In the climate regime, increased financial and capacity-building support should address the capacity needs of developing countries as they implement the enhanced MRV system that will likely be adopted in Durban. Developed countries could specify what channels and instruments will be available, building on the support already provided by the Global Environment Facility, other multilateral institutions, and bilateral donors.

Lesson 5: Allow for institutional learning

The reports of countries can improve over time, as can the process itself. For example, the modalities for UNFCCC reviews for Annex I Parties have been revised several times. Similarly, the WTO broadened the scope of its review mechanism in 1995. After two full rounds of review, the OECD has decided to allow for deeper analysis for its third review cycle, which will include specific focus areas for each review that are determined by the country under review. In short, the regime can learn and adapt over time to become more effective. To allow for that to happen, international regimes often have provisions that call for regular review of procedures and allow for adjustments based on lessons learned.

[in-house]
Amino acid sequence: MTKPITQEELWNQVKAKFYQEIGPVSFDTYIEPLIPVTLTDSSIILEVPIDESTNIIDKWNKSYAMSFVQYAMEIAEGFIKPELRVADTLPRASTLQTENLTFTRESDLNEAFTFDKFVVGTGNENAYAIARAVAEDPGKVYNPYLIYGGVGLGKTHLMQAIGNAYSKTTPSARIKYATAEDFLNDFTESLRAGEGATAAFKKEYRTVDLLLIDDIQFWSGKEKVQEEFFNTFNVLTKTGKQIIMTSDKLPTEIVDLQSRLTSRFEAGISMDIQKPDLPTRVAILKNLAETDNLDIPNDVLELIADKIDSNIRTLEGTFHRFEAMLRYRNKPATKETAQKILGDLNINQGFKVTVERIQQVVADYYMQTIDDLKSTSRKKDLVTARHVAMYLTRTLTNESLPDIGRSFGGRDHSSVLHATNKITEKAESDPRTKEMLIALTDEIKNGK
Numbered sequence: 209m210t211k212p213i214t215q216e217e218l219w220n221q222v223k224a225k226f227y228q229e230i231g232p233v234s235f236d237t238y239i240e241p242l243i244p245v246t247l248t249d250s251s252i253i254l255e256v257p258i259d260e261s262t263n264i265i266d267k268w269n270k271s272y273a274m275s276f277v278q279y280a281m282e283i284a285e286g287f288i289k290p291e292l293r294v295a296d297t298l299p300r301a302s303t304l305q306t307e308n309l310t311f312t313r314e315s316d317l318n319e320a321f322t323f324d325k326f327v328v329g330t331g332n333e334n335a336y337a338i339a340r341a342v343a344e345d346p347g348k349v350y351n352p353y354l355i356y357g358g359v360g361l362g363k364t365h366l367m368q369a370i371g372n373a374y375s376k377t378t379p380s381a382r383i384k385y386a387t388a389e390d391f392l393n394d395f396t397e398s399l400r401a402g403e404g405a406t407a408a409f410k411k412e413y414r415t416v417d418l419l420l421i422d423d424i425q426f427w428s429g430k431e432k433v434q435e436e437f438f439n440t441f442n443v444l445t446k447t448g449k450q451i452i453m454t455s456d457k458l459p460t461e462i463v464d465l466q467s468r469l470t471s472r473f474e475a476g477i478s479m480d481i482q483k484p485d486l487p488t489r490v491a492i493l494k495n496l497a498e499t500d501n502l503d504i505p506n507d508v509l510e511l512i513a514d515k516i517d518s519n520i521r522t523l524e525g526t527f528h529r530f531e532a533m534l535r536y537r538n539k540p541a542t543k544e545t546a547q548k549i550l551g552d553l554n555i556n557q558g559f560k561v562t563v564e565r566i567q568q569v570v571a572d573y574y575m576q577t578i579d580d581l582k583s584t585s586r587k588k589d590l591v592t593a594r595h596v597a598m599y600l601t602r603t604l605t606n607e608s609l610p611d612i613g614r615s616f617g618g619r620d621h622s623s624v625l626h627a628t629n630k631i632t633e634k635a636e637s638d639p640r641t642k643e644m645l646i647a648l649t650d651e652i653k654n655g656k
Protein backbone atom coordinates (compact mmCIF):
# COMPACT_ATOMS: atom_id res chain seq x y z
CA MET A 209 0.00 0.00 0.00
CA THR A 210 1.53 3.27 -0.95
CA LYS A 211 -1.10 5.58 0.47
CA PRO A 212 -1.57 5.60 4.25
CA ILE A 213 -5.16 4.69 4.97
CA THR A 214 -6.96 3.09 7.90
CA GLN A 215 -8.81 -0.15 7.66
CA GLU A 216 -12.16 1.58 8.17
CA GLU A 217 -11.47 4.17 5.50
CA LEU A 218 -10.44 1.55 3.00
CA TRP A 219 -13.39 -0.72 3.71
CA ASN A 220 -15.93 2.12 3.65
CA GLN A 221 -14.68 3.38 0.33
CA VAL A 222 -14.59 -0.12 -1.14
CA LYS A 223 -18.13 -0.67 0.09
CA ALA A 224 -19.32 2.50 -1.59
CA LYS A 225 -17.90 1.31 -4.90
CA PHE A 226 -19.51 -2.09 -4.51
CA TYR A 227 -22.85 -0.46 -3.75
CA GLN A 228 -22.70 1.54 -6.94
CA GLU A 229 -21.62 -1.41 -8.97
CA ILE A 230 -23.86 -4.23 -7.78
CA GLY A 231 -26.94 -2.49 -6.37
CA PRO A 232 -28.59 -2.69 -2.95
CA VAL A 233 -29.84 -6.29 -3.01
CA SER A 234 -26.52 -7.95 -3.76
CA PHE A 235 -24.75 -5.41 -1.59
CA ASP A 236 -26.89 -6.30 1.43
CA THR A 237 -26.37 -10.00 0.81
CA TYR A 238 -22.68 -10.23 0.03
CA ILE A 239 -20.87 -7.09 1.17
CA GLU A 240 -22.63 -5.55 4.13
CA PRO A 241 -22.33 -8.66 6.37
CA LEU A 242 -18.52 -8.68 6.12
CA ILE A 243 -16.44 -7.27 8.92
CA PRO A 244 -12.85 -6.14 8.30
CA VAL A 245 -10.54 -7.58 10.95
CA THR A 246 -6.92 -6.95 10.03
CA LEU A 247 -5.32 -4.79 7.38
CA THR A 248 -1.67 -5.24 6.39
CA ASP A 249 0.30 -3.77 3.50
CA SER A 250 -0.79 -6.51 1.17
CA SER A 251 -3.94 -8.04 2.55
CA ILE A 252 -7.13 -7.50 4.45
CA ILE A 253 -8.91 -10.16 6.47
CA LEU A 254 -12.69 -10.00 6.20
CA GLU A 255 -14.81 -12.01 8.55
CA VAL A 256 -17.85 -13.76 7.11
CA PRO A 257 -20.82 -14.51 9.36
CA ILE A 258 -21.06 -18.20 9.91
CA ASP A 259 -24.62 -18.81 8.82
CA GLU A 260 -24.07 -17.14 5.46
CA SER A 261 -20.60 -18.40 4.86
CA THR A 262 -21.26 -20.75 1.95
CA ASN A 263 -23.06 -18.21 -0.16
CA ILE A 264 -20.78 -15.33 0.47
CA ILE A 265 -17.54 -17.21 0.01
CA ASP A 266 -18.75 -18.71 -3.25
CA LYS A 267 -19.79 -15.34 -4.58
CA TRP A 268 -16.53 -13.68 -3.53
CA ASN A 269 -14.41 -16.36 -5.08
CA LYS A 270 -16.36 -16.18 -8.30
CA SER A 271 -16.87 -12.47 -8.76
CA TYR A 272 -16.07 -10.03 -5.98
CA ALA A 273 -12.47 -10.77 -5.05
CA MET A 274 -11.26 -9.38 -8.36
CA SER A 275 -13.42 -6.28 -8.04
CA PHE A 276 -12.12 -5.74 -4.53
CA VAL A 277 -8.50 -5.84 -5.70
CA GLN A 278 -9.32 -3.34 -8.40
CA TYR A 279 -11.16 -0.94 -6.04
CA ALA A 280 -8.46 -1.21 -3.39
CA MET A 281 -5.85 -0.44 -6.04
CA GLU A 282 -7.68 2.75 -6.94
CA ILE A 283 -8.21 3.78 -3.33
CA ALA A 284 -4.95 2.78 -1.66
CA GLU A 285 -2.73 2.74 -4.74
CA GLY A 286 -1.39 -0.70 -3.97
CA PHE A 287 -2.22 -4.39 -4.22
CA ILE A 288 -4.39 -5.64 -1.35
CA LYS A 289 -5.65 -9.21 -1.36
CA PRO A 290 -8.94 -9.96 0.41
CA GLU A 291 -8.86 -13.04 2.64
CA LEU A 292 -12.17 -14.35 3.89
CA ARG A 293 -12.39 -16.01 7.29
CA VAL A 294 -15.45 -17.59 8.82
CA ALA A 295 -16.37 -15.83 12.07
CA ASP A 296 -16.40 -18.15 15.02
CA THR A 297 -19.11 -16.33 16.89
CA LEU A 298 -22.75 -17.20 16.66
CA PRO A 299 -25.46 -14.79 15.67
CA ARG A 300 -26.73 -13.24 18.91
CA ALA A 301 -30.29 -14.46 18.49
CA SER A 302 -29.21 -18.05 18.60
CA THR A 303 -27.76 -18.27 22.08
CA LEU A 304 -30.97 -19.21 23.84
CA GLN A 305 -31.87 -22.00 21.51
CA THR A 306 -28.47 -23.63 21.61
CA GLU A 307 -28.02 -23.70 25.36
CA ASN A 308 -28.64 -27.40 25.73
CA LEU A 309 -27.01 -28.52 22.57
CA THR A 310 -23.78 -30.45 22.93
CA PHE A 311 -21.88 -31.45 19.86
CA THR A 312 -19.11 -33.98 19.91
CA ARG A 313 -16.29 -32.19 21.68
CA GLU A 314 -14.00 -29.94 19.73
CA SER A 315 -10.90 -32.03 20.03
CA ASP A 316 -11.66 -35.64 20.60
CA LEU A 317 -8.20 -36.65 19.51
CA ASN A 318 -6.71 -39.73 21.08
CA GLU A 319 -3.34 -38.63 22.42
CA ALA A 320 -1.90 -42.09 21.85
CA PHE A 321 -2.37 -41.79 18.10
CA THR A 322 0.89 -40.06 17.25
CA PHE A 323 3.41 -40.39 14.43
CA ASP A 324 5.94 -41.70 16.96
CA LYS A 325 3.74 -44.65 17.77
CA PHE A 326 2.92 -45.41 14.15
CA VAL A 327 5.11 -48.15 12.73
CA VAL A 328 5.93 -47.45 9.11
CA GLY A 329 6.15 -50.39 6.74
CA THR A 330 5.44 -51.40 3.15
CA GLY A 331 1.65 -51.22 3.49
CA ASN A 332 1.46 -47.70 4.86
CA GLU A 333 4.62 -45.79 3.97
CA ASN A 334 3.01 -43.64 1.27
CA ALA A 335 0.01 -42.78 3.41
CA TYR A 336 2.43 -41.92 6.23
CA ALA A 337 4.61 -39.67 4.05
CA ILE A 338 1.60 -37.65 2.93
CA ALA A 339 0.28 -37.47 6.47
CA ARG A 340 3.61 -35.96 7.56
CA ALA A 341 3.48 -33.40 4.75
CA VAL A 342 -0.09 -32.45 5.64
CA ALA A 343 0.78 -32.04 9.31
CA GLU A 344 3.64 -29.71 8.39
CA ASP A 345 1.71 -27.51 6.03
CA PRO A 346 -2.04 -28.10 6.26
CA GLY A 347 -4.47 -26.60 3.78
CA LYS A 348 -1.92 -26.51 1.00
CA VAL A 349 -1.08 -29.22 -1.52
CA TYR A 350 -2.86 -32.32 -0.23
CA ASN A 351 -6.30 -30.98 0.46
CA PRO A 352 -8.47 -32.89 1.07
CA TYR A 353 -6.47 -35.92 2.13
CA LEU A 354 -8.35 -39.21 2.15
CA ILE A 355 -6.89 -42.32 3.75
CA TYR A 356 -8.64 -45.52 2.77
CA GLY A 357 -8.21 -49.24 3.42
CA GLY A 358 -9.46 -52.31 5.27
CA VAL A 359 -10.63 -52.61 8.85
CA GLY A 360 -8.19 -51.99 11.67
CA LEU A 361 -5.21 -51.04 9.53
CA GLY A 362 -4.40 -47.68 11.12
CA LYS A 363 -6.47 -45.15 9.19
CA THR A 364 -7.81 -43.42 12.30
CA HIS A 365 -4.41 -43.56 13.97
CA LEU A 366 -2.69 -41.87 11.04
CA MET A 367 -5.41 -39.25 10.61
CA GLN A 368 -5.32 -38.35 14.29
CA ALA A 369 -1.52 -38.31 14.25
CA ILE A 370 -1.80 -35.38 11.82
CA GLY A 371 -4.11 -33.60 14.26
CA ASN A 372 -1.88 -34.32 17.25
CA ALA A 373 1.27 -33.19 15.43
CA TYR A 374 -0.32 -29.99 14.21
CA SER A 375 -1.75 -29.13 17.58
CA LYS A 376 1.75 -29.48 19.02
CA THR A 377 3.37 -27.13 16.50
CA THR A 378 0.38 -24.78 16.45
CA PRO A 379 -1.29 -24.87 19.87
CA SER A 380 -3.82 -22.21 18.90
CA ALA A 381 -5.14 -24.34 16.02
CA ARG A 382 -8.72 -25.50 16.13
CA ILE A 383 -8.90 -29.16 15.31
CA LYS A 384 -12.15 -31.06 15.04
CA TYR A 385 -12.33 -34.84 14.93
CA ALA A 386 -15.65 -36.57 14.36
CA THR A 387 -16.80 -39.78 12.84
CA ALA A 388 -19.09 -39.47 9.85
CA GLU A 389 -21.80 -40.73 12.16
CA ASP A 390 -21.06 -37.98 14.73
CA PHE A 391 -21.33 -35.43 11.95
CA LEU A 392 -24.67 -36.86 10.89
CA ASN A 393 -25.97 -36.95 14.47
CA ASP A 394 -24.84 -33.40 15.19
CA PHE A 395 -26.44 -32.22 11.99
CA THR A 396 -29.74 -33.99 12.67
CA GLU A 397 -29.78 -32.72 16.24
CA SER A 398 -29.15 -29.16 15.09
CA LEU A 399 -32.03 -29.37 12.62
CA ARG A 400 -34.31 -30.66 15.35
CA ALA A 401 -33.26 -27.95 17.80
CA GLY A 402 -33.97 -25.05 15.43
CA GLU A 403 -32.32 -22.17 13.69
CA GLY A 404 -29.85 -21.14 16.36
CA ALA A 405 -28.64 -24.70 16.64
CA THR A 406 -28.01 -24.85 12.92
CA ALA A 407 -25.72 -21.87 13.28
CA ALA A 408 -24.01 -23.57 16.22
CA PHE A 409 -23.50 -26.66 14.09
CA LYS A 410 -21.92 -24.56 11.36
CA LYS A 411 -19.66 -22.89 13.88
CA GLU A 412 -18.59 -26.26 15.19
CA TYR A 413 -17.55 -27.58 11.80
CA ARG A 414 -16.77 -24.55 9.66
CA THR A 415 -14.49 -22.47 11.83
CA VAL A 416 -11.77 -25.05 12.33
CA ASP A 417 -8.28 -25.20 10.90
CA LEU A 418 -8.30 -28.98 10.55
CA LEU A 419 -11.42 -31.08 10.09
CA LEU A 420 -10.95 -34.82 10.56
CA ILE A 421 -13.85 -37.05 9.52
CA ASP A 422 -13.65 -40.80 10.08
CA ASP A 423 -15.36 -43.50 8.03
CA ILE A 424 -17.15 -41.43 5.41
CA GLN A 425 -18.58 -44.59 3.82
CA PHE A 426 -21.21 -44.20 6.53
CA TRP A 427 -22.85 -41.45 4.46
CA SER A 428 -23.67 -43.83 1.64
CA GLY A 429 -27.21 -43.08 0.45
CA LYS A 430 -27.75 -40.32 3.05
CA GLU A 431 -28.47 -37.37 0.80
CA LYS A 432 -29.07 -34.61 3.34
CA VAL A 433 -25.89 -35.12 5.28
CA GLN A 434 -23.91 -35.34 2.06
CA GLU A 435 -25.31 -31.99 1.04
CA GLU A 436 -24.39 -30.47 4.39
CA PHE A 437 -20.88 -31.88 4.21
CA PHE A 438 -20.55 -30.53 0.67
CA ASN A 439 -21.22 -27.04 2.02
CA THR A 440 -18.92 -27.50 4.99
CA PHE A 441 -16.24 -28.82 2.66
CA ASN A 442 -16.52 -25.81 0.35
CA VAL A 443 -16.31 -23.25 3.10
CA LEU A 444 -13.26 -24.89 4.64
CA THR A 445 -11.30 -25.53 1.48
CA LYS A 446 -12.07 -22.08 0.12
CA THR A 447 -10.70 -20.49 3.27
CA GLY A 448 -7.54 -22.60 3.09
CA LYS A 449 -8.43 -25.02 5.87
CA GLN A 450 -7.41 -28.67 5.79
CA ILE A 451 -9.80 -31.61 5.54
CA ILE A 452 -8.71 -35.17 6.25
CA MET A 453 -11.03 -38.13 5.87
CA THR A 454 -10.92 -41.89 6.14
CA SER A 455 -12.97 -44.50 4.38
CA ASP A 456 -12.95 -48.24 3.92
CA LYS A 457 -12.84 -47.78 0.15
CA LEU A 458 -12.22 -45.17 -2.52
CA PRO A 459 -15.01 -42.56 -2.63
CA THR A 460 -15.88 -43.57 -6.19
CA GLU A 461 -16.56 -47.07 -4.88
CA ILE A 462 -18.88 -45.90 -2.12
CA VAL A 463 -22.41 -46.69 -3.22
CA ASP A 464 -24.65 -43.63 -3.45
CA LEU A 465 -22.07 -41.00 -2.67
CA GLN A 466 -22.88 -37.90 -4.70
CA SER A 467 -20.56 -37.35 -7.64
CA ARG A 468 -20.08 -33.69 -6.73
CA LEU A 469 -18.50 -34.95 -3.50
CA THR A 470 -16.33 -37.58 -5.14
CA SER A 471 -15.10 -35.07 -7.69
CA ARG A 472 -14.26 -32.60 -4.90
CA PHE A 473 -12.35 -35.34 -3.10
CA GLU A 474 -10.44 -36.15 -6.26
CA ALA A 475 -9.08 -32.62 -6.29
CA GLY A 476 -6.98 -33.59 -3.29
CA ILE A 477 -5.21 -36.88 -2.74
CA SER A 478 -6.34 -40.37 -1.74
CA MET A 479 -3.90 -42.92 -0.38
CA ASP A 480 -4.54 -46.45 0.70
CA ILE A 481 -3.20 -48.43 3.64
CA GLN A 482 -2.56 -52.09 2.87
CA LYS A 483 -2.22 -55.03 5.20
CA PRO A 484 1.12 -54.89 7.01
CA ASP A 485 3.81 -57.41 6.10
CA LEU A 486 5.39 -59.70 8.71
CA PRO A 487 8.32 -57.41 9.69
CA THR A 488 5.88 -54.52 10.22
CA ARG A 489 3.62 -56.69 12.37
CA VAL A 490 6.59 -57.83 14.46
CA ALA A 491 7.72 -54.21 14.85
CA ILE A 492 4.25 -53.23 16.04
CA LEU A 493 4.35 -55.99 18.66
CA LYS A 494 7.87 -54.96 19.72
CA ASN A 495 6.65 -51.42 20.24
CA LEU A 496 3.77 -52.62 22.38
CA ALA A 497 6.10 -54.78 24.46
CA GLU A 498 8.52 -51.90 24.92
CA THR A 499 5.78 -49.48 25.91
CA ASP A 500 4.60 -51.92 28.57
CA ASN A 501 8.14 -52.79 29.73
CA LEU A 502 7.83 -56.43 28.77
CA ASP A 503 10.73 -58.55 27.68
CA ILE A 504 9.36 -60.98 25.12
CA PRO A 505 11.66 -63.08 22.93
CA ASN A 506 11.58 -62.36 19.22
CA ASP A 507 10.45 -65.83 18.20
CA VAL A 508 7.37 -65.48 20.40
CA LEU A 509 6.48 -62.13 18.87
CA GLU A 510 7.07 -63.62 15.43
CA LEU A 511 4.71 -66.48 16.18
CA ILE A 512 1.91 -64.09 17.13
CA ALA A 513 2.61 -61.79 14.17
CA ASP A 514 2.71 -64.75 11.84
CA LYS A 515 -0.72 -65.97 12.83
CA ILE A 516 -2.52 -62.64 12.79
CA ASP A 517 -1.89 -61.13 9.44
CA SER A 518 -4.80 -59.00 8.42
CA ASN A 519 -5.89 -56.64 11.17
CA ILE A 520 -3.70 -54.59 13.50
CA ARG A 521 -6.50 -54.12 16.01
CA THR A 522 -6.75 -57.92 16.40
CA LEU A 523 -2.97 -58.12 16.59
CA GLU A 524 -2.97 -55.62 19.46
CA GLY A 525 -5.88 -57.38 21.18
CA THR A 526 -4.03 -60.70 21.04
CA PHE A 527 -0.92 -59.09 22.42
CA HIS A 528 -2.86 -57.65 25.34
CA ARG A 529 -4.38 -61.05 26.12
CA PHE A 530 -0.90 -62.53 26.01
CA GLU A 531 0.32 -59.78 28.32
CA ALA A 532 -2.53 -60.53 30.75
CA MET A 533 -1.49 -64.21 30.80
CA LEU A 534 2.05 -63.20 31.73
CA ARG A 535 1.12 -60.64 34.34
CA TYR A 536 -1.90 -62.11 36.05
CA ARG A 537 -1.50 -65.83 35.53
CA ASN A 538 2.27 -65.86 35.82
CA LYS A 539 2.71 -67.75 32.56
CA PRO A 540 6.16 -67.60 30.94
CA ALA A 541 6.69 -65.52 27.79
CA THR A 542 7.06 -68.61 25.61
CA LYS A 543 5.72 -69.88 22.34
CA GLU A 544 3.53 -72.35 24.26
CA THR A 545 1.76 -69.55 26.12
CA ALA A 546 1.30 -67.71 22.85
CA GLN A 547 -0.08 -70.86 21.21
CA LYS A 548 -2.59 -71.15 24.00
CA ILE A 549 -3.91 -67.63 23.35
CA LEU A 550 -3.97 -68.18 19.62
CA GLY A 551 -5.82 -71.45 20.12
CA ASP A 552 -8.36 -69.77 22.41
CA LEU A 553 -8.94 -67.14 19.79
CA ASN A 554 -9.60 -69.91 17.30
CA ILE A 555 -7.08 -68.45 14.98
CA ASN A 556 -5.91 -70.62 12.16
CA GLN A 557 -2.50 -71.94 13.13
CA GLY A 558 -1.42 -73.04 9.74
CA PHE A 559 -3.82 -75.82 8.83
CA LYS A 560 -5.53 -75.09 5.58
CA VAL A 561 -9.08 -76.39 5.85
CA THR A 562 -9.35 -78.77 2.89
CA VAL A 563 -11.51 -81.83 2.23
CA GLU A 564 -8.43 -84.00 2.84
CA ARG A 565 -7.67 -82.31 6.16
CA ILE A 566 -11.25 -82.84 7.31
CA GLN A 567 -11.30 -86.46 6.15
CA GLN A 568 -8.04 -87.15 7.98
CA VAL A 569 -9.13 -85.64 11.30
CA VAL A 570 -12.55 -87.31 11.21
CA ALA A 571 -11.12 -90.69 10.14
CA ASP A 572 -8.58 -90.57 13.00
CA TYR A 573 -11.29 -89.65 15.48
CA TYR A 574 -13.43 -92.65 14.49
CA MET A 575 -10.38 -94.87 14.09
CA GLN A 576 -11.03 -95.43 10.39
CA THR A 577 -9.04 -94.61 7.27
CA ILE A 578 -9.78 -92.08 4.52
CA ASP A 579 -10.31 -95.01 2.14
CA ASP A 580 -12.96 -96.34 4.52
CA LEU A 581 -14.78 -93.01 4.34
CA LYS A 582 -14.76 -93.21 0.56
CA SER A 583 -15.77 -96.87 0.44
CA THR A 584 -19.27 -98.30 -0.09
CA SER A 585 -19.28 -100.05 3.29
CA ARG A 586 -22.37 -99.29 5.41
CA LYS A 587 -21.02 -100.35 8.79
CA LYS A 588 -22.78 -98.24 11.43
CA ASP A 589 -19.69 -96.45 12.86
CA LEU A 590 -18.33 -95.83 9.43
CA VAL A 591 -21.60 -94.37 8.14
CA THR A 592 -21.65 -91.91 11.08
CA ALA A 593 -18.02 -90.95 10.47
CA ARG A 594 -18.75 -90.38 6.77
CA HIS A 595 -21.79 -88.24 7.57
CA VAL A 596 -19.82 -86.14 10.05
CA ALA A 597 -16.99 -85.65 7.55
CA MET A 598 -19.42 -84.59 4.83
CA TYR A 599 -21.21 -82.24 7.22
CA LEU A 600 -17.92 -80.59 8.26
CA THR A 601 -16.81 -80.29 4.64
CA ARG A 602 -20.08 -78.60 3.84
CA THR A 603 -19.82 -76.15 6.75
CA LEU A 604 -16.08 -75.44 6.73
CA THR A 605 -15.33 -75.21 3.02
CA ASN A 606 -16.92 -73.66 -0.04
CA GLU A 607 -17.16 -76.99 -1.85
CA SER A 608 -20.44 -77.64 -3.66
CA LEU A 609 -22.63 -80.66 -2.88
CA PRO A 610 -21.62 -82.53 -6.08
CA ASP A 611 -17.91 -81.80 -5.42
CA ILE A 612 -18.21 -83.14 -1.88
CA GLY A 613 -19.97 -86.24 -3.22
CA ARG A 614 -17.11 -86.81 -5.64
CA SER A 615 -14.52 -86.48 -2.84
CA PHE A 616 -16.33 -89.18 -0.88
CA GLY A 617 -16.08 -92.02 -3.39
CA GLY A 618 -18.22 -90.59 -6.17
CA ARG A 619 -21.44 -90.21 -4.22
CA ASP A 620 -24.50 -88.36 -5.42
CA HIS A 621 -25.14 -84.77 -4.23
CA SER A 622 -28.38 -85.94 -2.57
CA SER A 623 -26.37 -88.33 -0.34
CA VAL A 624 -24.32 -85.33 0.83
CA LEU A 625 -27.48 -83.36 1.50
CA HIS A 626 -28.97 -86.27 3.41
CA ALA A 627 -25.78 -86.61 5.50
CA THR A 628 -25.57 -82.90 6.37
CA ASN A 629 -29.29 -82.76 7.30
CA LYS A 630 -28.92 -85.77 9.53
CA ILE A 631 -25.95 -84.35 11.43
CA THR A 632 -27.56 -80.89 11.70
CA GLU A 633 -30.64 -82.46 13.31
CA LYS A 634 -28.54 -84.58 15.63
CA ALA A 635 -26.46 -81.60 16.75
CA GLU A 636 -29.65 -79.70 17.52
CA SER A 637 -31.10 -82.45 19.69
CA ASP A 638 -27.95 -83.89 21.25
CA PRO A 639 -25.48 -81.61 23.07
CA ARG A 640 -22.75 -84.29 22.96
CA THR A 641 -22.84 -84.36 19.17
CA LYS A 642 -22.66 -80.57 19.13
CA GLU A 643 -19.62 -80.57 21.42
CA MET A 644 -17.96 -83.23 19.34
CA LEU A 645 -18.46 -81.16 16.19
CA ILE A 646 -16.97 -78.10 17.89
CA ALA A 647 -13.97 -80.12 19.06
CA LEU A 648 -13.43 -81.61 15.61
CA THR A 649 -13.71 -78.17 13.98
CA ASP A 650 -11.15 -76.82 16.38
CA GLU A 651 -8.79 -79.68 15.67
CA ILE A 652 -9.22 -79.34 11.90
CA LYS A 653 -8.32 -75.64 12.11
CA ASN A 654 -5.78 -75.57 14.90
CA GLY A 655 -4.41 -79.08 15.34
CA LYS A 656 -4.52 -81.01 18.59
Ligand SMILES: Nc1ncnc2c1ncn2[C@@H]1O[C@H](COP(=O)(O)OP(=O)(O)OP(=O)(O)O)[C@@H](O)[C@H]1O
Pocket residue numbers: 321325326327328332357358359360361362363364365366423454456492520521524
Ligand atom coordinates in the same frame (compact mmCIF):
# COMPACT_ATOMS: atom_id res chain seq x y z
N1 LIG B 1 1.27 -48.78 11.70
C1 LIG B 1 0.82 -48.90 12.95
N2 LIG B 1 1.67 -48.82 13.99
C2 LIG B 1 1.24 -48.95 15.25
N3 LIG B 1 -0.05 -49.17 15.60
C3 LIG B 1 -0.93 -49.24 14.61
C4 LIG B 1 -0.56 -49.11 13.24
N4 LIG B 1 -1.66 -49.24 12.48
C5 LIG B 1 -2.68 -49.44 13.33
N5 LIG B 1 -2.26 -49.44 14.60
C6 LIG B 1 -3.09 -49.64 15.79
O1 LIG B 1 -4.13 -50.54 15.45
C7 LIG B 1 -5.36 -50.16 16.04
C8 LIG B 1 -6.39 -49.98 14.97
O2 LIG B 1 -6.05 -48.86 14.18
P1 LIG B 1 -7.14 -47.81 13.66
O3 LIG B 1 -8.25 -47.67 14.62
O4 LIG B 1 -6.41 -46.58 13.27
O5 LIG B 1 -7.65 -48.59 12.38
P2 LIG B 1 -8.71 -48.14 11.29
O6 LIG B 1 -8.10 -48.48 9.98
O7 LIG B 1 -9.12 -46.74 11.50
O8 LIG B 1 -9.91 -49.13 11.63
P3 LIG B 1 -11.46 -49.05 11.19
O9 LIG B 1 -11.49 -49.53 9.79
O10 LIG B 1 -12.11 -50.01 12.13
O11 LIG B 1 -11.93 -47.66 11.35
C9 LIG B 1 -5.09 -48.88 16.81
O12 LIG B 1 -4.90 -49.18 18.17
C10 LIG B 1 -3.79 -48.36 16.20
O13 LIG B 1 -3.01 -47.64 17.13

Climate negotiators could facilitate such learning by agreeing in Durban on a specific future date upon which the new guidelines will be revised to incorporate lessons learned.


The key questions faced by negotiators in Durban are similar to those faced by diplomats in other regimes. For example: Who should participate in the review process? What information should be considered? How frequently should country reports be reviewed? How can we encourage countries to improve their performance and reports over time? As negotiators answer such questions for the UNFCCC at COP17, they have an opportunity to apply lessons learned from other regimes.

  1. For additional overviews of review procedures in other regimes, see e.g. Ellis, Jane et. al. (2011). Design Options for International Assessment and Review and International Consultations and Analysis. Paris: OECD. And Pew Center, MRV: A Survey of Reporting and Review in Multilateral Regimes. Available at: ↩︎

  2. See, e.g. UNFCCC, Art. 6(a) (ii) and (iii); UNFCCC, Art. 7.6; Decision 1/CP.16 paragraph 7 ↩︎

  3. See, e.g., UN Conference on Environment and Development, Rio Declaration on Environment and Development, principle. 10; Agenda 21, section III; United Nations Environment Programme. 2010. Guidelines for Participation of Major Groups and Stakeholders in Policy Design. Nairobi: UNEP; UN Economic Commission for Europe, Convention on Access to Information, Public Participation in Decision-Making and Access to Justice in Environmental Matters, arts. 6-8; Report of the Office of the United Nations High Commissioner for Human Rights on the relationship between climate change and human rights (Jan. 15, 2009), U.N. Doc. A/HRC/10/61, at 79, available at (“[Public p]articipation in decision-making is of key importance in efforts to tackle climate change.”). ↩︎